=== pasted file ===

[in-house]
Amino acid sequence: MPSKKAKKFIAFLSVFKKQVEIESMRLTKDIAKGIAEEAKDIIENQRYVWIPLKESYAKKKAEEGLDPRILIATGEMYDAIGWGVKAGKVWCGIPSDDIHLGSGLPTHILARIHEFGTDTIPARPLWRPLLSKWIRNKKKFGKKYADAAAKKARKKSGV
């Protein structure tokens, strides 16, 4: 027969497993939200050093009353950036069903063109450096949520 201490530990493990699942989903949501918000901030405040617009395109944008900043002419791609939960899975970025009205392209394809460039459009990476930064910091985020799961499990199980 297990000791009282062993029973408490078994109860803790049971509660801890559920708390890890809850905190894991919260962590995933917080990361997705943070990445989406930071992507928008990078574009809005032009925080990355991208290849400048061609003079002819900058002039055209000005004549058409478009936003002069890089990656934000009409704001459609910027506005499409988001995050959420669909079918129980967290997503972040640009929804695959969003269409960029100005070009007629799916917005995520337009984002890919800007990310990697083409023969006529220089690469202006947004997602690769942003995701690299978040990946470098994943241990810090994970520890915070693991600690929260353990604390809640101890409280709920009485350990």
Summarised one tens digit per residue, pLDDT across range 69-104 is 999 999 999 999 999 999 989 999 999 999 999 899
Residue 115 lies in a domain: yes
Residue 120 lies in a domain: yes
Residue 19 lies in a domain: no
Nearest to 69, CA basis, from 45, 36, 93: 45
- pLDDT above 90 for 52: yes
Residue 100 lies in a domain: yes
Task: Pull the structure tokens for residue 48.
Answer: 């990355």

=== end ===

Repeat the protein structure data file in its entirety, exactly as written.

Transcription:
[in-house]
Amino acid sequence: MPSKKAKKFIAFLSVFKKQVEIESMRLTKDIAKGIAEEAKDIIENQRYVWIPLKESYAKKKAEEGLDPRILIATGEMYDAIGWGVKAGKVWCGIPSDDIHLGSGLPTHILARIHEFGTDTIPARPLWRPLLSKWIRNKKKFGKKYADAAAKKARKKSGV
């Protein structure tokens, strides 16, 4: 027969497993939200050093009353950036069903063109450096949520 201490530990493990699942989903949501918000901030405040617009395109944008900043002419791609939960899975970025009205392209394809460039459009990476930064910091985020799961499990199980 297990000791009282062993029973408490078994109860803790049971509660801890559920708390890890809850905190894991919260962590995933917080990361997705943070990445989406930071992507928008990078574009809005032009925080990355991208290849400048061609003079002819900058002039055209000005004549058409478009936003002069890089990656934000009409704001459609910027506005499409988001995050959420669909079918129980967290997503972040640009929804695959969003269409960029100005070009007629799916917005995520337009984002890919800007990310990697083409023969006529220089690469202006947004997602690769942003995701690299978040990946470098994943241990810090994970520890915070693991600690929260353990604390809640101890409280709920009485350990």
Summarised one tens digit per residue, pLDDT across range 69-104 is 999 999 999 999 999 999 989 999 999 999 999 899
Residue 115 lies in a domain: yes
Residue 120 lies in a domain: yes
Residue 19 lies in a domain: no
Nearest to 69, CA basis, from 45, 36, 93: 45
- pLDDT above 90 for 52: yes
Residue 100 lies in a domain: yes
Task: Pull the structure tokens for residue 48.
Answer: 């990355």